posted by TheWhiteSkull at 5:06 PM on February 13, 2014 [2 favorites]


They have occupied Northern Ireland for a lot longer than they had India.

Not with ongoing military policing.
posted by jaduncan at 5:09 PM on February 13, 2014


Speaking as someone whose grandparents were colonial subjects who squared off against their British masters on a few occasions, I applaud this new development in the scaling back of military interventions and engagements.
posted by all the versus at 5:13 PM on February 13, 2014


Reddit's BadHistory had an interesting discussion on this subject. They weren't too impressed with Guardian's effort.
posted by honestcoyote at 5:48 PM on February 13, 2014 [4 favorites]


British 2014 War Planning Document for Out of Work Army

  • Finally retake France from those jerky Capets Republicans Bonapartes Bourbons Bonapartes Bourbons Republicans Nazis Republicans -- Note: Check Edward III's notes on ruling France. Is renunciation of claims to Calais in Treaty of Troyes binding if Elizabeth was declared bastard by Pope? Call Francis to check.
  • Conquer Quebec as favor to rest of Canada (Note: Quebec City only walled city in North America -- are catapults in working order for probable siege?)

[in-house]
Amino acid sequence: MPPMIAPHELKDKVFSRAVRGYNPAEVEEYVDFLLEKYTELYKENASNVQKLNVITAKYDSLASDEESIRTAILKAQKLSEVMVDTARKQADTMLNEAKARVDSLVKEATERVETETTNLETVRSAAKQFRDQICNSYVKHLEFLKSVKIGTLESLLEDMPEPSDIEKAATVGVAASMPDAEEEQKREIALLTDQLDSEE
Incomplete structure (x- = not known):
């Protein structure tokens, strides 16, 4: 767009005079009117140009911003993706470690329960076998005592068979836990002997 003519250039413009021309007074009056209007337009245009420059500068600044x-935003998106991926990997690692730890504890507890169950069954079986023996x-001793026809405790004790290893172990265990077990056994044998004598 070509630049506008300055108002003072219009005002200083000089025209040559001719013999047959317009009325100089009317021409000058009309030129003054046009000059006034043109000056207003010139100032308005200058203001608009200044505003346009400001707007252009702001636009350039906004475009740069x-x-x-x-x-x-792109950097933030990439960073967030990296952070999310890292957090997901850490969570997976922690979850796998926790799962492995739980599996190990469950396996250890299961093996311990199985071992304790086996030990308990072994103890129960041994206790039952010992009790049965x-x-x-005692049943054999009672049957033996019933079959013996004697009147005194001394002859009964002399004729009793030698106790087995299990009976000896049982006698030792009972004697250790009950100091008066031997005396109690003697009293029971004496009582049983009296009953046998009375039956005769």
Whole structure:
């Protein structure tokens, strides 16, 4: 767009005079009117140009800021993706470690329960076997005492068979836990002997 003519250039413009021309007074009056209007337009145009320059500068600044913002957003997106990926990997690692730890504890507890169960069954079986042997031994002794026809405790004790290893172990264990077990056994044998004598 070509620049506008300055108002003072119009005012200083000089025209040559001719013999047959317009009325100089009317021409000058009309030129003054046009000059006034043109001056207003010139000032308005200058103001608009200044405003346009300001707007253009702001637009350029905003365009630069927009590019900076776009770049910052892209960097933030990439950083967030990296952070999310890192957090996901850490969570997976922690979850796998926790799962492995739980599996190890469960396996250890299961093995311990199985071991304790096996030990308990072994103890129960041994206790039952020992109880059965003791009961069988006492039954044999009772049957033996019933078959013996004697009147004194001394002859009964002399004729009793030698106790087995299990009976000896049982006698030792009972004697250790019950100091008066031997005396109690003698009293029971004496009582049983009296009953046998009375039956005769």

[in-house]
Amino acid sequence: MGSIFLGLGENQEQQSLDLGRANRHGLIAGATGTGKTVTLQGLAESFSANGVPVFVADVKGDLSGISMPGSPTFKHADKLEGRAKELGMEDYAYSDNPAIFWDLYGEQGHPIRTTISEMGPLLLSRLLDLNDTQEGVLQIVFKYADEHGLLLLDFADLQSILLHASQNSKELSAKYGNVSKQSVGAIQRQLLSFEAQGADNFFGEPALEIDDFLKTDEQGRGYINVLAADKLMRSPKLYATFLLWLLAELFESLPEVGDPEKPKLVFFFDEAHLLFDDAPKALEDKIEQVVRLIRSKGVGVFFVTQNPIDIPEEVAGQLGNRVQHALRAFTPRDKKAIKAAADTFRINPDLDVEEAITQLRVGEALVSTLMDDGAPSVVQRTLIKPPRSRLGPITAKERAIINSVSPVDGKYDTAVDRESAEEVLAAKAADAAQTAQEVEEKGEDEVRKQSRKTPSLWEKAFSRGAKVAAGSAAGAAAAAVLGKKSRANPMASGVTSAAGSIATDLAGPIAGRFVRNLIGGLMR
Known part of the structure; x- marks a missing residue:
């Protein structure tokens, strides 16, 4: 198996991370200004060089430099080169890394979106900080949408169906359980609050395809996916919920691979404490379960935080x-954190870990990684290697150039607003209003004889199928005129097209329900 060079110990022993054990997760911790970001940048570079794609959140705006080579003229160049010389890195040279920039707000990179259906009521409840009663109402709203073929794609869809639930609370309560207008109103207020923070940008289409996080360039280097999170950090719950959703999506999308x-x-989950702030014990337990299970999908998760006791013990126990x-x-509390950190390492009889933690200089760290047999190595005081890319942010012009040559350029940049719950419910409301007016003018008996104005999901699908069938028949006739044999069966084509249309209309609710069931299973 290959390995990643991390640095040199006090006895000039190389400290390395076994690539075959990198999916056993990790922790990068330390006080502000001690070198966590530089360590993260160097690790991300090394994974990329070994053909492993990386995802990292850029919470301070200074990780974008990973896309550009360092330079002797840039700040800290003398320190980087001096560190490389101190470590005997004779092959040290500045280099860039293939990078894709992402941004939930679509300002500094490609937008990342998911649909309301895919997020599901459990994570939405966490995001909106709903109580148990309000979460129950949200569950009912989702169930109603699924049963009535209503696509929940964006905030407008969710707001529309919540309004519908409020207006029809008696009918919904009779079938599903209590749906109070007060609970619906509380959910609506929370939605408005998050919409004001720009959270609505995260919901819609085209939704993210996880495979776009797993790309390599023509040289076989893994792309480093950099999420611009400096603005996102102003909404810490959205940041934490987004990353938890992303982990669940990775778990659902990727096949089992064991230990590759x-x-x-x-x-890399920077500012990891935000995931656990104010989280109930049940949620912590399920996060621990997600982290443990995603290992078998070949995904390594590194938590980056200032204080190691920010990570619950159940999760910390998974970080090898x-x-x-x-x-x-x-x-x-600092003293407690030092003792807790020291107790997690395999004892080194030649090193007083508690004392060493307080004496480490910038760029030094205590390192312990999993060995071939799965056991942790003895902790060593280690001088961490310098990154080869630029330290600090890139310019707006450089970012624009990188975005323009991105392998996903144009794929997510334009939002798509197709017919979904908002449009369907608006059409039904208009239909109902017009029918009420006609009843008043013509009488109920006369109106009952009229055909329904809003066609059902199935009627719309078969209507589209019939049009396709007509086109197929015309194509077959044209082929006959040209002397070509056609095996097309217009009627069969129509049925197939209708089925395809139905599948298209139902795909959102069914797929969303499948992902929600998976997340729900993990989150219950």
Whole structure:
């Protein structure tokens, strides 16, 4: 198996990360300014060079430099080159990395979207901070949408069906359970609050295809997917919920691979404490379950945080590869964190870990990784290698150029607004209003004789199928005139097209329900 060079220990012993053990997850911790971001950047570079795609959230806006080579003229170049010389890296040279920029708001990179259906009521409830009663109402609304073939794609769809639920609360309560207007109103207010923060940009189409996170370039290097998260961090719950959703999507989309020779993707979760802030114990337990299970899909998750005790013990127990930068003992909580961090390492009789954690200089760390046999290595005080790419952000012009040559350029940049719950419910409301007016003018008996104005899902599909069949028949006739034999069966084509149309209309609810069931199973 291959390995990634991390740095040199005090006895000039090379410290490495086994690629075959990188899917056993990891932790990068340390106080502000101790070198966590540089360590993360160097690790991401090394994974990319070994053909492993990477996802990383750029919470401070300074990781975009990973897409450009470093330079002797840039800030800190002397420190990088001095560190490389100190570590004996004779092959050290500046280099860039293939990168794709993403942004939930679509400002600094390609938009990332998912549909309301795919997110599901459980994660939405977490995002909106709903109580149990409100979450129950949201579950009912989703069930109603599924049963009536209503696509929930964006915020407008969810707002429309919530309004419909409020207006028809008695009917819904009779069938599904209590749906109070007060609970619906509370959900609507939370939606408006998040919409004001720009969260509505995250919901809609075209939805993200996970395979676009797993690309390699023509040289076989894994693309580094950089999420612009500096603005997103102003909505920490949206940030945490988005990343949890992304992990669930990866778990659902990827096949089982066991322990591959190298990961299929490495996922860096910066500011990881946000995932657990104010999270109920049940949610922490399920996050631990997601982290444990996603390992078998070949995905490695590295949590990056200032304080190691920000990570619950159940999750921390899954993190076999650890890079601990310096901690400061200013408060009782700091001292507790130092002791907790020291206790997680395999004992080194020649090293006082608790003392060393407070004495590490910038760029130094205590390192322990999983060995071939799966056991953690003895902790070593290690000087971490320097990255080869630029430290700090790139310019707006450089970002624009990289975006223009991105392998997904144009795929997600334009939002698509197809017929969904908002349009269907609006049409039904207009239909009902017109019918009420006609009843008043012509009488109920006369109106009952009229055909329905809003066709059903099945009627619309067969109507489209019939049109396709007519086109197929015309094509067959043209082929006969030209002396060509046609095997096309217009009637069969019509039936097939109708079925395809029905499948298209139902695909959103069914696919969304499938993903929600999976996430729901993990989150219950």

• Reconquer U.S., but only the good bits -- suggest Iowa -- cannot locate on map but have read on internet it is very nice
  • Invade Norway: do not feel adequate counter raids upon Vikings were conducted prior to 1066 and foreign policy after William I disappointingly unconcerned with Viking retaliation
  • Crusade? (No longer trendy, too sandy)
  • Invade Uruguay to secure rich continuing supply of football players

  • posted by Eyebrows McGee at 6:02 PM on February 13, 2014 [17 favorites]


    It's definitely true that here are some arguments to be had about whether certain situations qualify as armed conflict or not. Nevertheless, it is revealing that it's an exercise in sophistry to find a few years out of 100 where there was none.

    I apologise for the crappy timeline, but I couldn't find a better one
    posted by Jakey at 6:07 PM on February 13, 2014 [2 favorites]